Friday, 26 November 2010

The Making of the Museum of the Dead

Are panda jokes in bad taste? How likely is the extinction of cats? Are double entendres acceptable in E-Learning?
The Museum of the Dead has been a fascinating, and occasionally troubling, experience. Here are some lessons I learnt along the way.

Chasing a dream

When an idea is distinctive it’s often hard for people to grasp, as they have little to compare it with. Think about Being John Malkovich. I’ll bet that was harder to pitch to the studio than Due Date.


I’ve never seen mock-obituaries used to make readers think (and I’ve gone looking). I can only the odd example of using comedy to communicate a serious issue. And when did you last see a university dabble in twisted Gothic imagery?
All this originality created obstacles for the museum. Some people loved the idea with a passion. Others looked at me with incredulity, pity, and  - occasionally - fear. The approach of The Museum of the Dead certainly closed a few doors.
Thankfully my teammate and I had vision. We could picture the finished website in all its glory. This energised us. All projects require vision, but we need deep reserves to see off-the-wall ideas to completion.
I’ll bet that behind every Edward Scissorhands there’s a director with vision who had to fight a thousand battles. But aren’t you glad Tim Burton did?

Soul music

From the earliest stages we were after a spooky, playful atmosphere. James, our contact with the design agency, decided some music was required. What a revelation! I discovered that music has real evocative power. It makes a huge difference to the user’s experience in an interactive.
But remember - music needs to be strong, varied, and come with a mute button.

Fictional learning

You may be an experienced creator of fiction, but for me, with a career spent in online learning, it was new ground. I’m used to dealing with facts and explanations. A project steeped in fantasy rang all sorts of alarm bells.
Our academic consultants were understandably nervous about this idea. Some of the obituaries were clearly ludicrous - such as the domestic cat. But others, like the koala, were more plausible. How could we signpost the fiction without destroying the world we’d worked so hard to create?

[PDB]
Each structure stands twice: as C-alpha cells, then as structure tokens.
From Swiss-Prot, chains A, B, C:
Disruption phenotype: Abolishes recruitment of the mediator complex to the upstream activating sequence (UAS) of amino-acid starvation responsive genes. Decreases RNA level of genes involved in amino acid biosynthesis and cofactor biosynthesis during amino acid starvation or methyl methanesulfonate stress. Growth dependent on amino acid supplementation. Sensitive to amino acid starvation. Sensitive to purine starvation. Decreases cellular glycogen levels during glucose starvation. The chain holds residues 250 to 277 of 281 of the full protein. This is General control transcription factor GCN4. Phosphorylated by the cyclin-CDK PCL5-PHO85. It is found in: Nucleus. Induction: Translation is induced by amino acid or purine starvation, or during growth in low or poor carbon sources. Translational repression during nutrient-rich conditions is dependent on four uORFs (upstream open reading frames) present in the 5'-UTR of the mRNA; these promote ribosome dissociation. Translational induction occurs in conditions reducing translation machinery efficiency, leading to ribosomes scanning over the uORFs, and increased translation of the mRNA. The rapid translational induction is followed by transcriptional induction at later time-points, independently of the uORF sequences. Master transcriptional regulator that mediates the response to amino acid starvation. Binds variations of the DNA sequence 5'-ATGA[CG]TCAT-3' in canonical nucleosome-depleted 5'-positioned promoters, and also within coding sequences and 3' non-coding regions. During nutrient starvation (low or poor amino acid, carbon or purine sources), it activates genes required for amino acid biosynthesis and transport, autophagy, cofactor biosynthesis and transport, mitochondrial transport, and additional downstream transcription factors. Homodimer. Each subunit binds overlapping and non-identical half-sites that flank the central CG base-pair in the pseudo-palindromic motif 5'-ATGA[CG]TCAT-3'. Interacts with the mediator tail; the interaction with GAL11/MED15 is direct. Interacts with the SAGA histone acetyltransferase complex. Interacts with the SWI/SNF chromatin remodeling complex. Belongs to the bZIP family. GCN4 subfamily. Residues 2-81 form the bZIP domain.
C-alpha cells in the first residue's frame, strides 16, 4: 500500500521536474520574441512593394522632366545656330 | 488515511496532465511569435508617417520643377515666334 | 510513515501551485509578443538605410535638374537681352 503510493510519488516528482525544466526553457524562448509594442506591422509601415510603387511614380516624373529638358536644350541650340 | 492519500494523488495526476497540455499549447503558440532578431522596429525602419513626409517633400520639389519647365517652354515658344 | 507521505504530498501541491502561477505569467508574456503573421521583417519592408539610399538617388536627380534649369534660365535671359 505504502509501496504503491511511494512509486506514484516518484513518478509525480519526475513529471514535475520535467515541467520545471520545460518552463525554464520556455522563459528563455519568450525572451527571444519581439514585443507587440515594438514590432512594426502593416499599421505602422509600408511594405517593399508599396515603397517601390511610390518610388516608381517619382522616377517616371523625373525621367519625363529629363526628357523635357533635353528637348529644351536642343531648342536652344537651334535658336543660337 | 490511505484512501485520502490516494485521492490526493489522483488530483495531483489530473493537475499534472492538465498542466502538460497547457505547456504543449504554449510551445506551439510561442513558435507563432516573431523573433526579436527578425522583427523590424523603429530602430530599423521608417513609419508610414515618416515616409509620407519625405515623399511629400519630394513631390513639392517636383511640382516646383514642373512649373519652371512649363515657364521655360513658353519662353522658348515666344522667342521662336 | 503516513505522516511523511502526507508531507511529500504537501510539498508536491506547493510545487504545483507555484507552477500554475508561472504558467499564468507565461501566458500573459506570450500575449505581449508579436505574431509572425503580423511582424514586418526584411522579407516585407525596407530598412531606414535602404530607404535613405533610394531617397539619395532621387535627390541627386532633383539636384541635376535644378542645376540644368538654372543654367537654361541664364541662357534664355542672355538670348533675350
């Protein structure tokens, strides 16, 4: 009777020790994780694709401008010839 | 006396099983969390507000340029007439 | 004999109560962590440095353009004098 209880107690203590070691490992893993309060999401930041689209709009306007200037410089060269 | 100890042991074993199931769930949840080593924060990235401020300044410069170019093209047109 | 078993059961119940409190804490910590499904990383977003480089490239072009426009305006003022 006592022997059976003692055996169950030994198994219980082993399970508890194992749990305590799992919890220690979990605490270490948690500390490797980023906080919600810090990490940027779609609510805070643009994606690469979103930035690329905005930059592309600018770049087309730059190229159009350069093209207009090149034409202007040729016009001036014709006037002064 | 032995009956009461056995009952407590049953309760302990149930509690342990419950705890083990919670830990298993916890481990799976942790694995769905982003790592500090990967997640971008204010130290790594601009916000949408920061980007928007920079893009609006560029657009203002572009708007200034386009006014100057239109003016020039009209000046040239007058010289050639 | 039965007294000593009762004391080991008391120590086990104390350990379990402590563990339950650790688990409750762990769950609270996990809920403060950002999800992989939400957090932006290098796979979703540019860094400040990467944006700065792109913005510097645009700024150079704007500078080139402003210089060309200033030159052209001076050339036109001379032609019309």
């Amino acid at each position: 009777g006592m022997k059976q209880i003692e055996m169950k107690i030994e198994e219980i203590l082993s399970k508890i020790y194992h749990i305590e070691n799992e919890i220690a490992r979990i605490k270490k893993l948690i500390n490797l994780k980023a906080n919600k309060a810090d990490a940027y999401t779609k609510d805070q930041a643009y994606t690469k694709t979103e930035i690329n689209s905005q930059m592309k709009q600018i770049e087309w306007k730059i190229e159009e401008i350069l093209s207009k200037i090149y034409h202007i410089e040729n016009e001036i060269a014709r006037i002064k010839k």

As a university, we have a responsibility to teach people truth from error. I was acutely aware of the damage I could bring to The OU’s reputation.
Eventually my boss came up with a solution. She suggested we ask visitors to guess how much fact was in each obituary. This feature clearly highlights that the Museum of the Dead is a fictional enterprise. The rating buttons also add interaction to a rather reading-orientated enterprise: they force people to evaluate and reflect on what they're read
I suppose we could have made all the obituaries outlandish. But there’s a powerful bittersweet humour in obituaries such as the giant panda and the atlantic cod. The spectre of extinction lurks behind the laughter.

Museum of the Dead trivia

  • It was inspired by...  Tim Burton, Douglas Adams, Mark Carwardine and Stephen Fry
  • It was nearly...  a book - an old iron-bound collection of writings.
  • We had to leave out... the pigeon obituary
  • Did you notice... that the museum is housed within a whale skeleton?

Monday, 25 January 2010

Is Google deceiving you?

Have you ever put your name into Google? I know I have. Were you number 1? If you were I'll bet you gave yourself a little pat on the back.

It's funny how much we credit to a Google top spot. I often hear people say "We're number one in Google". Sounds impressive, doesn't it? But don't be deceived. Getting to the top of Google can bring you no traffic whatsoever. Nothing. Zip

King of a very small hill

Most of us like recogntion. So, when someone praises us, we get a bit excited.

Google is big. And Google ranks things. So, when Google says we're number one, we start to hear the fanfare begin. Isn't it exciting?

Maybe. Or maybe not.

You see Google is all about relevance. Let me say that again: relevance. When you search for 'Terry Wogan', Google tries to give you the websites most relevant to 'Terry Wogan'.

Let's do that shall we. Here goes:


So number one is Terry Wogan - Wikipedia, the free encyclopedia. Google deems Terry's Wikipedia page more relevant than number two: BBC - Radio 2 - Shows - Wake Up To Wogan. Users will take more notice of the Wikipedia page when they view these results, because it's at the top.

What's new here? You knew all this, didn't you?

Here it comes: the pivotal question. Write this on your hand. What if no one searches for Terry Wogan?

"What? He's a national treasure. Of course people search for him." Let's imagine they don't. All of a sudden Wikipedia's success with Google seems a bit hollow. Their top spot isn't worth the money they may have paid for it (that's another story).

You see Google is trying to help you, no matter what obscure, crazy, term you're searching for. It helps millions of us every day. Try searching for Obama custard scandal. Look, 32,000 results! But do you really think anyone else is searching for that phrase?

A mountain worth climbing

So where do we go from here? The top spot can be worth a lot. But not necessarily.

If you're aiming for the top, make sure you do keyword research. It's all about analysing the phrases people are really searching for. Doesn't that sound sensible?